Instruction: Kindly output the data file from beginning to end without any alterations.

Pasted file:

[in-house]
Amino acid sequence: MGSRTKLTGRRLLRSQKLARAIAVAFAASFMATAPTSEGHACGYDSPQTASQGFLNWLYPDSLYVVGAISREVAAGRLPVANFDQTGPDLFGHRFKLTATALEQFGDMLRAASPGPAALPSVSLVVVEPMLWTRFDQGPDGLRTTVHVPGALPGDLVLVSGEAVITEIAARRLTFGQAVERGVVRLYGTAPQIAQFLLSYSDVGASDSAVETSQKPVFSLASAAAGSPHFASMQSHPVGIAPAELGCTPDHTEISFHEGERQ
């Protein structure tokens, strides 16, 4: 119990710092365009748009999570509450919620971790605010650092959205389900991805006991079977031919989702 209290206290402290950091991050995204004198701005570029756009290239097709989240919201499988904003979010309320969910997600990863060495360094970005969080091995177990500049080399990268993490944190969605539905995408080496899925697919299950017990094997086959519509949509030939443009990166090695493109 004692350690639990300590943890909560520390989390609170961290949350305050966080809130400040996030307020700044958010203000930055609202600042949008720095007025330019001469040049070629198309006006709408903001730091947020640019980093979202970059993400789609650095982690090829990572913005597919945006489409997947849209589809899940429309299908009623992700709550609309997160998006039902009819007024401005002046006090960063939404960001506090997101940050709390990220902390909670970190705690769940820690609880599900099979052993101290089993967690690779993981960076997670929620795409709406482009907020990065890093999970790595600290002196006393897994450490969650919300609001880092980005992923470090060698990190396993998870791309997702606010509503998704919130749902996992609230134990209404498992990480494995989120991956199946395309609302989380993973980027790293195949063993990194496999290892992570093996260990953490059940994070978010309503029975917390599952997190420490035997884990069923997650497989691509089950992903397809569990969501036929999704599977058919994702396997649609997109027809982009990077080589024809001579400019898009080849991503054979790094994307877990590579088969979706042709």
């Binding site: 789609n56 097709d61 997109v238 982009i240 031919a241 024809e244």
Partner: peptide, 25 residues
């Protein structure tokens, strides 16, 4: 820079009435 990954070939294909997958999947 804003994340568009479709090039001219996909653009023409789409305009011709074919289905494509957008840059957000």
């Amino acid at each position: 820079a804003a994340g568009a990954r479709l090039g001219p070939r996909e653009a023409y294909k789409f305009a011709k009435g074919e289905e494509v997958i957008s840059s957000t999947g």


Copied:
[in-house]
Amino acid sequence: MGSRTKLTGRRLLRSQKLARAIAVAFAASFMATAPTSEGHACGYDSPQTASQGFLNWLYPDSLYVVGAISREVAAGRLPVANFDQTGPDLFGHRFKLTATALEQFGDMLRAASPGPAALPSVSLVVVEPMLWTRFDQGPDGLRTTVHVPGALPGDLVLVSGEAVITEIAARRLTFGQAVERGVVRLYGTAPQIAQFLLSYSDVGASDSAVETSQKPVFSLASAAAGSPHFASMQSHPVGIAPAELGCTPDHTEISFHEGERQ
């Protein structure tokens, strides 16, 4: 119990710092365009748009999570509450919620971790605010650092959205389900991805006991079977031919989702 209290206290402290950091991050995204004198701005570029756009290239097709989240919201499988904003979010309320969910997600990863060495360094970005969080091995177990500049080399990268993490944190969605539905995408080496899925697919299950017990094997086959519509949509030939443009990166090695493109 004692350690639990300590943890909560520390989390609170961290949350305050966080809130400040996030307020700044958010203000930055609202600042949008720095007025330019001469040049070629198309006006709408903001730091947020640019980093979202970059993400789609650095982690090829990572913005597919945006489409997947849209589809899940429309299908009623992700709550609309997160998006039902009819007024401005002046006090960063939404960001506090997101940050709390990220902390909670970190705690769940820690609880599900099979052993101290089993967690690779993981960076997670929620795409709406482009907020990065890093999970790595600290002196006393897994450490969650919300609001880092980005992923470090060698990190396993998870791309997702606010509503998704919130749902996992609230134990209404498992990480494995989120991956199946395309609302989380993973980027790293195949063993990194496999290892992570093996260990953490059940994070978010309503029975917390599952997190420490035997884990069923997650497989691509089950992903397809569990969501036929999704599977058919994702396997649609997109027809982009990077080589024809001579400019898009080849991503054979790094994307877990590579088969979706042709």
């Binding site: 789609n56 097709d61 997109v238 982009i240 031919a241 024809e244």
Partner: peptide, 25 residues
């Protein structure tokens, strides 16, 4: 820079009435 990954070939294909997958999947 804003994340568009479709090039001219996909653009023409789409305009011709074919289905494509957008840059957000």
């Amino acid at each position: 820079a804003a994340g568009a990954r479709l090039g001219p070939r996909e653009a023409y294909k789409f305009a011709k009435g074919e289905e494509v997958i957008s840059s957000t999947g």